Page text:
Saturday, 25 March 2017

March 25th Colchester Zoo

Mum and a Lion at Colchester Zoo
Today, I went to Colchester Zoo with Mum as a pre-Mother's Day outing. It was a lovely day and the zoo was packed with families making the most of it. If you have never been, Colchester Zoo is a large zoo in Essex full of the classic zoo animals such as lions, tigers, elephants and many other things you can think of or didn't know existed. It is a great place to play around with my camera. Here are some of the best that I took today...

Lionesses
Cheetah
Komodo Dragon
Sea Lion
Orangutan
Black-footed Penguin
Squirrel Monkey
Rainbow Lorikeet
Ostrich
Ruppell's Griffon Vulture
Crowned Crane
White Rhino with calf
African Elephant
Zebra
Giraffe
Mandrill
Meerkats
Chilean Flamingo
Short-clawed Otter
Binturong
Red Panda
King Vulture
Andean Condor
Tiger
Harris Hawk
Barn Owl
Chimpanzee

Two-spotted Assassin Bug
While I was here, I thought it would be a great time to discover what the zoo has to offer in it's collection of invertebrates from around the world. Though there weren't an awful lot to see in this category compared to the selection of mammals, birds and even reptiles, it did have a few tarantulas and the odd scorpion, which preferred to hide away from prying eyes, and there was even a colony of leaf-cutter ants, but they were too tiny for my camera to detect. So I have to settle with things that were more obliging and didn't move so much like these two-spotted assassin bugs from West Africa. Assassin bugs may seem really small, but they are deadly predators. They sit and wait for their prey to crawl by, before pouncing at them and stabbing them with their mouthparts that injects powerful enzymes into them, making it easier for the bug to suck them dry. Yuck!

Emperor Scorpion
Sahara Thorny Stick Insect
Macleay's Spectre Stick Insect

Owl Butterflies
There is also a small butterfly house at the zoo. I have to be honest though, I was a little bit disappointed as they had only one species here to look at. Still, owl butterflies are not one species to turn your nose up at. They come from Mexico and down into the Amazon rainforest and are easy to recognise with those owl-like eye spots on the hind wing. They lay their eggs on the leaves of banana and coffee plants and I could see some here in this butterfly house. When they hatch, they become hairy, hungry caterpillars, which I saw on a nearby leaf to the one with the eggs on.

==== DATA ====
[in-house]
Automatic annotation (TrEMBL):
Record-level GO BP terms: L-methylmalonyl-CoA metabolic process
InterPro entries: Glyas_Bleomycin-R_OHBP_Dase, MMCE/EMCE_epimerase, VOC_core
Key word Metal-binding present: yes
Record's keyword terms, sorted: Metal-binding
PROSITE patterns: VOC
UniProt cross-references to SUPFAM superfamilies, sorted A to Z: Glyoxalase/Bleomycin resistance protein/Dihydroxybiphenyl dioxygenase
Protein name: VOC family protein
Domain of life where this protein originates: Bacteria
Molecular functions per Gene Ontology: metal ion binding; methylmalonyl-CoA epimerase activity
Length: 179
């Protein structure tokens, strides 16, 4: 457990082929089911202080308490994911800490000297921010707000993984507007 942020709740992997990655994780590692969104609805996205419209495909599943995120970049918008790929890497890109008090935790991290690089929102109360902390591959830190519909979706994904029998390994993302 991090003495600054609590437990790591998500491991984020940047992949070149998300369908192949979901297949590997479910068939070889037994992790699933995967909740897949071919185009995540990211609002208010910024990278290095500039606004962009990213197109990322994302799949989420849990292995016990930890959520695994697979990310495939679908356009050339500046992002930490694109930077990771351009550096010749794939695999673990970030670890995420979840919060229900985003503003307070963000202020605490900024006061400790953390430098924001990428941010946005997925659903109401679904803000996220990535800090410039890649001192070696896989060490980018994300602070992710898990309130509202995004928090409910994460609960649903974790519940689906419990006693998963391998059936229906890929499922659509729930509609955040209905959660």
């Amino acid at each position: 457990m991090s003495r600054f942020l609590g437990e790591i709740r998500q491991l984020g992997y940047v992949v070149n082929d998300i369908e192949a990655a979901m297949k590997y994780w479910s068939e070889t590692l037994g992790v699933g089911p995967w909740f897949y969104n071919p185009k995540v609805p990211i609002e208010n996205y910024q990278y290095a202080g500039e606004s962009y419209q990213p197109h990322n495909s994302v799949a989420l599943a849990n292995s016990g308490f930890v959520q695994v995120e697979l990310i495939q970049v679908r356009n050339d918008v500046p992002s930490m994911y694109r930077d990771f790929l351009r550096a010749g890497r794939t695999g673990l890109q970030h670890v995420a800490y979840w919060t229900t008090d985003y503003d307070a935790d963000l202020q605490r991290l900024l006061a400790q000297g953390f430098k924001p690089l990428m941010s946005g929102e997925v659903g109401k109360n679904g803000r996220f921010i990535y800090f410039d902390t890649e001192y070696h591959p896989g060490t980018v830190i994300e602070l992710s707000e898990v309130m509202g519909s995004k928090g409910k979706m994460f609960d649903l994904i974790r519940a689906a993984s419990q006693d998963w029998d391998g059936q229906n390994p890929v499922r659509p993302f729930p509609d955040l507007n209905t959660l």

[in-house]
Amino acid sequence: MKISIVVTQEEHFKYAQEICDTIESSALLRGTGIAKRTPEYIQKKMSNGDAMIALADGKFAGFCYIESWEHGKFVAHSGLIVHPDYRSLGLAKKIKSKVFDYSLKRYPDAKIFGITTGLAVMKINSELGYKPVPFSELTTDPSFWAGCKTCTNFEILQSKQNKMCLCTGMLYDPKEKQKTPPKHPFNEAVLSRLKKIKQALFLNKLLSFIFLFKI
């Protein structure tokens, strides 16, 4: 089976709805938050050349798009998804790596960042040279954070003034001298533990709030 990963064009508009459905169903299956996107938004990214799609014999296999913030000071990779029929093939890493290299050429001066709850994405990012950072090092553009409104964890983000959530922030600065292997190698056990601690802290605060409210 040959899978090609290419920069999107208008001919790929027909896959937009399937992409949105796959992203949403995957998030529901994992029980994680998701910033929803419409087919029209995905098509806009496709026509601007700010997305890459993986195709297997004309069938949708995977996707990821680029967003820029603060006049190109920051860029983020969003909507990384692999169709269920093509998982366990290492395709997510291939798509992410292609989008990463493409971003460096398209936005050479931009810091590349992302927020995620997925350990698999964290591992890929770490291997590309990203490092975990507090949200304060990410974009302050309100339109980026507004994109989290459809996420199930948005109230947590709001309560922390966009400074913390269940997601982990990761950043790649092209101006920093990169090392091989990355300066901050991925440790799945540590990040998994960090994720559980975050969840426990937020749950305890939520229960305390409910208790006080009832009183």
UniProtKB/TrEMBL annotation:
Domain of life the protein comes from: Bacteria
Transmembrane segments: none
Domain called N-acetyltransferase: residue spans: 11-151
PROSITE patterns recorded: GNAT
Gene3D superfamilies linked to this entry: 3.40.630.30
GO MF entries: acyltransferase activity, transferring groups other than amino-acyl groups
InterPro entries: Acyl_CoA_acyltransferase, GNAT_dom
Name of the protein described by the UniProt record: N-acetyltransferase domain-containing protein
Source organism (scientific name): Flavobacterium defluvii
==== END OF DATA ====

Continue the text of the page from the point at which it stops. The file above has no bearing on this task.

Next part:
Owl Butterfly eggs
Owl Butterfly caterpillars
Giant African Land Snail
Of course, I wouldn't go to a zoo to discover more about invertebrates without holding a few. There were three to test my nerve, though sadly, not a spider among them. My mum took these photos for me, so if you want more proof that I held them than a hand shot, then I apologize. You just have to take my word for it. First up was the world's largest land snail, the giant African land snail. It is twice the size of any snail you will find here in the UK. This individual was rather shy as it retreated into it's shell, but you could still see part of it at the shell's entrance. It was surprisingly light and not that slimy as expected. It felt more earthy from the soil stuck to it with a hint of something cold and damp. Nothing unpleasant at all. Easy peasy!







Giant Spiny Stick Insect
Next up, a giant spiny stick insect. This guy needed two hands to hold it. It was definitely a step up from the snail. Stick insects don't move very fast, so there was little fear of it running off my hands any time soon. I felt the odd slight prickle of a leg moving against my palms and it was actually rather pleasant experience. Not bad at all!








Madagascan Hissy Cockroach
Finally, the most unpredictable of the three, a Madagascan hissing cockroach! I don't know what to think about this one. This an insect that has the potential to run off at short notice. I'm not a fan of cockroaches not since waking up one morning while I was in Texas in 2010 and found one staring at me on the loo from the sink before dashing onto the towel next to me. I couldn't help but let out a manly scream during that encounter. Thankfully, this hissing cockroach was well behaved and only moved about a little bit on my hand. Piece of cake! Bring on the tarantulas I say!

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